By: Majid AHMADIYAN
An introduction by:
The son of the first judge of the case
Mahmoud MORADKHANI (Tehrani)
Dedicated to the last audience of Cinema Rex of Abadan, to those who were victims of the expert charlatans’ thirst for power, and dedicated to the families of the victims of Cinema Rex, who were bereaved of fair justice.
The fire at Cinema Rex in the city of Abadan in southwestern Iran a few months before the victory of the Islamic Revolution in 1979, and the burning alive of over 500 people was the biggest catastrophe of that revolution and the most important element in drawing the people to join the revolution. It is astonishing that no book had been written on this subject and the people of the world are almost totally uninformed about it.
Now Majid Ahmadiyan has written a book on the subject in Persian, entitled The Catastrophe of Cinema Rex, the Fire of the Islamic Revolution, and he intends to translate it in English.
The book follows the circumstances surrounding the revolution, detailing events such as the following: the preparation of a few naïve youths by the religious leaders of the city for performing terrorist actions and setting the theater on fire; the deception of the people by the Islamic fundamentalists who claimed that it was the former Shah’s regime that had committed the crime; the strike by the workers of the oil industry in that oil-rich province in protest against the former regime, which finally led to its fall; as well as the struggle of the man who had set the theatre on fire as he worked in the months following the revolution to restore his reputation, based on the argument that he had not been a member of the former regime’s intelligence organization (an accusation which the Islamic fundamentalists had hurled at him); and finally this man’s revelations in court regarding the involvement of the Islamic fundamentalists in that heinous crime.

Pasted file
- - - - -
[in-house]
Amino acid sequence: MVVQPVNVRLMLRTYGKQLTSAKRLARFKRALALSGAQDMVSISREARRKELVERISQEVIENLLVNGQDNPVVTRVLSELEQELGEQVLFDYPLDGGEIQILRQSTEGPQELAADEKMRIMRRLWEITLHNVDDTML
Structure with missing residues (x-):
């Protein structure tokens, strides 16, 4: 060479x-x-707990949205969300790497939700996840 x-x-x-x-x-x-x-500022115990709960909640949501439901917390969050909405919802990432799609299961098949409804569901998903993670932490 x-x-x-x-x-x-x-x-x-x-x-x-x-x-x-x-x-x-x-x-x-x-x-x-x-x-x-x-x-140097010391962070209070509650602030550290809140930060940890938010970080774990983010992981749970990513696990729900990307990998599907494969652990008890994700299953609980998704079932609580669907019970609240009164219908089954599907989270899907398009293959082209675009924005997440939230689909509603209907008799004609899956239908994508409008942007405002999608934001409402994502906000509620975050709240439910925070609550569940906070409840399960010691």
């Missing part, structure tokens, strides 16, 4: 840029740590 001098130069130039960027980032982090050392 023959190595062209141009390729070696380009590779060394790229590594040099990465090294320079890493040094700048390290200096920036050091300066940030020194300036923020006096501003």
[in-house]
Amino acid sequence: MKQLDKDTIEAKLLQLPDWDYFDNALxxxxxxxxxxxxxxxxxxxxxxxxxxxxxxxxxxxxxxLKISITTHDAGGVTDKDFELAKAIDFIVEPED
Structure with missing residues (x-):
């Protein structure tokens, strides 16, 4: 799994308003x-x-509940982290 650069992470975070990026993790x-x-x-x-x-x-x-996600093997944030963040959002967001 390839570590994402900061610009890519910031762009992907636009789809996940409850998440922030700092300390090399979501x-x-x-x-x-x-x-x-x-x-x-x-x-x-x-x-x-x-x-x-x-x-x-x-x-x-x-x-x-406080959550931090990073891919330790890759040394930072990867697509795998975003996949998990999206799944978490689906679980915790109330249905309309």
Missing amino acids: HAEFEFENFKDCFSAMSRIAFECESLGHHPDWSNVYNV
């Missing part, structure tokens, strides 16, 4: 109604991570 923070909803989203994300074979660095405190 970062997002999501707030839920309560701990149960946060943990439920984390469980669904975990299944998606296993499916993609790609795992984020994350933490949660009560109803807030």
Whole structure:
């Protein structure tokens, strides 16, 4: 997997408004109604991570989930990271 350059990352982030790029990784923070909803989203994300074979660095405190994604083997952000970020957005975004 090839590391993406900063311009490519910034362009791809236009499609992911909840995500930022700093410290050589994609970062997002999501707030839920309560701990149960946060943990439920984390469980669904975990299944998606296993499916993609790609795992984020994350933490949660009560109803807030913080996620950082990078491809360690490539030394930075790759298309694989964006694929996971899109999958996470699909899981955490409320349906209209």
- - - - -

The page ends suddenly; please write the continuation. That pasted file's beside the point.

The book begins with the trial of those men accused of the arson at Cinema Rex. The main culprit, Hosein Takbalizade, describes the events surrounding and leading up to the catastrophe, in which he reveals that Islamists are deeply involved in the crime. The Islamic judge attempts to discredit him. The reader is introduced to the drama.